Welcome to Great Hearts Irving
Dear Families and Friends,
“There is hardly a pioneer’s hut that does not contain a few odd volumes of Shakeaspeare.” –Alexis de Tocqueville
These words, penned by an early observer of the American liberty won from the British, testify to the indissoluble union of learning and freedom that guaranteed our nation’s sure foundation.
As I reflect upon our mission as a Liberal Arts institution, I am humbled to think that we have allies in the likes of Thomas Jefferson and the Founding Fathers; for our mission is theirs—no less than to make men and women free.
The liberal in Liberal Arts comes from the same Latin verb that gives us words like liberty and delivery, and implies that some certain freedom is enjoyed by the student of these arts. In this context, it is a word devoid of any political affiliation or creed—monarchists, republicans, democrats, and oligarchs may all be liberal in this sense. But what precisely is the freedom of the liberally educated soul? What is such a person freed from or freed for?
In the first place, there is the freedom of the studies themselves. We are not a vocational institution, nor do we limit the curriculum to a specialized discipline—we are not exclusively a “STEM school” or a “fine arts school”. Rather, we welcome the abundance of human literary, scientific, aesthetic, and moral culture and permit this treasury of thought to enrich our community. In this manner, our students are given a liberal exposure to the great wealth of human experience throughout the ages.
In a second sense, a liberal education promises a kind of freedom that, in the words of James Russell Lowell, “emancipates the mind from every narrow provincialism … and is the apprenticeship that every one must serve before becoming a free brother of the guild which passes the torch of life from age to age.”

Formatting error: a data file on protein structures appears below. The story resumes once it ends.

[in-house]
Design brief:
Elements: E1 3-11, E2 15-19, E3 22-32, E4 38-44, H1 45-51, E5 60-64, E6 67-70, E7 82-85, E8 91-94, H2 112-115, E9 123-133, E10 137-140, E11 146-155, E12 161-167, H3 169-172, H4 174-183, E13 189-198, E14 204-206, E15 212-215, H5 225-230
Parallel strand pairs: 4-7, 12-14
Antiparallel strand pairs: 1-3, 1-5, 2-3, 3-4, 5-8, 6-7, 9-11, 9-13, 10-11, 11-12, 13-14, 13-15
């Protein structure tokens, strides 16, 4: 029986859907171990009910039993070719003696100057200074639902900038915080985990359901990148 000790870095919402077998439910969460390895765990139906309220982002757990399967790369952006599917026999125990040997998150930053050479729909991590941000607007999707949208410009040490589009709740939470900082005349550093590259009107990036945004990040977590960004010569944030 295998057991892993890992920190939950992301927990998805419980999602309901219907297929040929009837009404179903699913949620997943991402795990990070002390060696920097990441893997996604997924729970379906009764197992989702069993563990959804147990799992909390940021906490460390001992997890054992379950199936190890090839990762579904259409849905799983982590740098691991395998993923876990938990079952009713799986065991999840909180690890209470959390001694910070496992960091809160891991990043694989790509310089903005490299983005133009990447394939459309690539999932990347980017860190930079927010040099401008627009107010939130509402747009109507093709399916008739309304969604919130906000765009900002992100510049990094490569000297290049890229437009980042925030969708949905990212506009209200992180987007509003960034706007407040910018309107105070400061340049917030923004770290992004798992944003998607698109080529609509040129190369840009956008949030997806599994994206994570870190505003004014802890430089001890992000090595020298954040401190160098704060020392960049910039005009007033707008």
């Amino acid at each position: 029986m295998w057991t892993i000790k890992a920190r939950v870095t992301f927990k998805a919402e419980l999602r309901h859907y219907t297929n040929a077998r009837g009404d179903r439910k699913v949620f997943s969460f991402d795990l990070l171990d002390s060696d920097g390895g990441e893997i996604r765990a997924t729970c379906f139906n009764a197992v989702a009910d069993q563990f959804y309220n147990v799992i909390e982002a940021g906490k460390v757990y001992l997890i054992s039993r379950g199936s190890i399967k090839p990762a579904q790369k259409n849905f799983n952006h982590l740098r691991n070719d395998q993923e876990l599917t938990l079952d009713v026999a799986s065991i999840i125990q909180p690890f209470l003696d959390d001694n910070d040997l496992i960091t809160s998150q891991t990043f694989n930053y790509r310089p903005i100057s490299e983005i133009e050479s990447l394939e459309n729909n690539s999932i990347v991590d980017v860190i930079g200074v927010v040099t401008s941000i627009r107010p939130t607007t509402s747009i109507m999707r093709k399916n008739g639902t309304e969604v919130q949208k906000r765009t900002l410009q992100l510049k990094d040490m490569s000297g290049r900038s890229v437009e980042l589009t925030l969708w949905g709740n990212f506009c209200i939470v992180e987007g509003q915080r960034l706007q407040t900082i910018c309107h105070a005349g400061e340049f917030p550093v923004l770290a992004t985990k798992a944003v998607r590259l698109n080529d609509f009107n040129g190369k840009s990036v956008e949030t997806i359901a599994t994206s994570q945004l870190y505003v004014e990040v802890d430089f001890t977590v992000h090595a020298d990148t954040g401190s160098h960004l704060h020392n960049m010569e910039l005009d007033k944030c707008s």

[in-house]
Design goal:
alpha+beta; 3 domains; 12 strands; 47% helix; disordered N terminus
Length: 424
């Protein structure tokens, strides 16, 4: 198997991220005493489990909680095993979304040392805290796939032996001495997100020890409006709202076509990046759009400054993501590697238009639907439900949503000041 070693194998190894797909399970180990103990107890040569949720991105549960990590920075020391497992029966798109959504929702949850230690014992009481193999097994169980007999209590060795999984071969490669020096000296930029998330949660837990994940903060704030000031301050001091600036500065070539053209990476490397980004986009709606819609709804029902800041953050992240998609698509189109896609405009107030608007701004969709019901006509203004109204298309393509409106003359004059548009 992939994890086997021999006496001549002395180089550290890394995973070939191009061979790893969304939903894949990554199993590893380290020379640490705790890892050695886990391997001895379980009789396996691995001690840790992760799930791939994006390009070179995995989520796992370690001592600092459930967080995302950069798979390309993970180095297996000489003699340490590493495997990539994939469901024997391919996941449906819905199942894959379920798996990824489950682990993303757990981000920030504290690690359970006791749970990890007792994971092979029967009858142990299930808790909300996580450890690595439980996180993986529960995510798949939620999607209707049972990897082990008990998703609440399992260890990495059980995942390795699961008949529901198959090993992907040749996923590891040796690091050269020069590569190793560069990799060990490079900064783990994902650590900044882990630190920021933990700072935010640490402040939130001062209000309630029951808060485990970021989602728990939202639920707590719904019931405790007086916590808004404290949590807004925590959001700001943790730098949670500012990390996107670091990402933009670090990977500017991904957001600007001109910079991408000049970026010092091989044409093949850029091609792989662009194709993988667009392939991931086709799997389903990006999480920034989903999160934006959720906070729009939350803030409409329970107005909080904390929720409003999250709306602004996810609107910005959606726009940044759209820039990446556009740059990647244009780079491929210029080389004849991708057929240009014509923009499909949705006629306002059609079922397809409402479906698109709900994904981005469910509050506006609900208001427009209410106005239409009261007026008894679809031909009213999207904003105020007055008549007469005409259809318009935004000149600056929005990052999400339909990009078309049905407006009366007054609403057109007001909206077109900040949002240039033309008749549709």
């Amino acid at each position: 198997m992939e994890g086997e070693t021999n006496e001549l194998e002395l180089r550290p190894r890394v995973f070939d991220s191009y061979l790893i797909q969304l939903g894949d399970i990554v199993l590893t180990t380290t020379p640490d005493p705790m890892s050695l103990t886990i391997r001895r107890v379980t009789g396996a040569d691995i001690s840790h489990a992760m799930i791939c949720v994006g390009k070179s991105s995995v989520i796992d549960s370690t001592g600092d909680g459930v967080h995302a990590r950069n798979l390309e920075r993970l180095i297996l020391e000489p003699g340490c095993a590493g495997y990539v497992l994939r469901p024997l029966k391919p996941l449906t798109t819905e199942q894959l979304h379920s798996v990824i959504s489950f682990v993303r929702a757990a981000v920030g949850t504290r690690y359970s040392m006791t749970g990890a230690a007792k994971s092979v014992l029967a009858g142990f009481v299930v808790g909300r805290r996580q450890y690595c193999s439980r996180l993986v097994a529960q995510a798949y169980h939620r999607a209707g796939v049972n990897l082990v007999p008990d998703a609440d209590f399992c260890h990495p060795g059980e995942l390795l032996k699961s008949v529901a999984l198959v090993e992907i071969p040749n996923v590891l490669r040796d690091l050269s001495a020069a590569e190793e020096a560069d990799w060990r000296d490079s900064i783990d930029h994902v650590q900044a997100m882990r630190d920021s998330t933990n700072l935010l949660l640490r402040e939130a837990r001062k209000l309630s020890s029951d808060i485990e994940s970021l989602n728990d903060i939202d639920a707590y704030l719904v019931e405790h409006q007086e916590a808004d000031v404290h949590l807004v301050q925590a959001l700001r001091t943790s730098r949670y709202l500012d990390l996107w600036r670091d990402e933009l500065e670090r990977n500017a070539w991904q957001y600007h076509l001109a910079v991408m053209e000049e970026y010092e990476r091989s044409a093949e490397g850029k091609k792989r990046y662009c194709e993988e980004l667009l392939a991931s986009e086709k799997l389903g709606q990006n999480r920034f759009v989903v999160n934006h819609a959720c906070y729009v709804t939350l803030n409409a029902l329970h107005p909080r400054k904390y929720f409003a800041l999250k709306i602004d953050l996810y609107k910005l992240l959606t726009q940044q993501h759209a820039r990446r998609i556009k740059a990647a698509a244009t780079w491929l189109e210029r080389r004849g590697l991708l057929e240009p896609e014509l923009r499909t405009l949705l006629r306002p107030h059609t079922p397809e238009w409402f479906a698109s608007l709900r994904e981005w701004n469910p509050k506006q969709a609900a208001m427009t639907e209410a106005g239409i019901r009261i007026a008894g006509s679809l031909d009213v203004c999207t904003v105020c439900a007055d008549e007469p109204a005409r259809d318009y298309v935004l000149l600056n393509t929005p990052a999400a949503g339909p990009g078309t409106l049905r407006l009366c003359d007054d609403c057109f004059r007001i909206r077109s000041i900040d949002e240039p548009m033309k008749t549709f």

In this sense, liberally educated men and women are cured of the myopia with which the modern eye tends to view contemporary culture and events. They are free to interpret and understand today’s particular experiences and conditions in light of the universal and enduring truths gleaned from the ages. They are free to examine the world with a view from above, so to speak.
In the first battle of the Texas Revolution, a small band of Texians fashioned a flag painted with the phrase “come and take it” beneath the image of a cannon.
But our rag-tag group of Texians, themselves having had some introduction to the liberal arts, found a deeper meaning in these words than may strike our ears today—a meaning that hearkened back to an ancient well of valor. Indeed, the phrase “come and take it” was used two millennia before, when the Spartans defied the invading army of Persians who threatened, and failed, to conquer the world. Thus the Texians drew from the courage of the Spartans to fend off their foe.
Because those Texians had access to the tradition of the West, they pulled themselves out of the particular circumstances that faced them at Gonzales in 1835, and could envision their small actions as belonging to the monumental narrative of Liberty that stretches down the ages.
It is this ability—to see ourselves as participants within a human narrative greater than each of us alone—that we hope to revive in our culture and instill in our children by supporting the community at Great Hearts Irving. I am honored to have you all as partners in this great effort, and I look forward to working with you this year and in the years ahead to make our school a custodian of “the guild which passes the torch of life from age to age.”
Philip G. Althage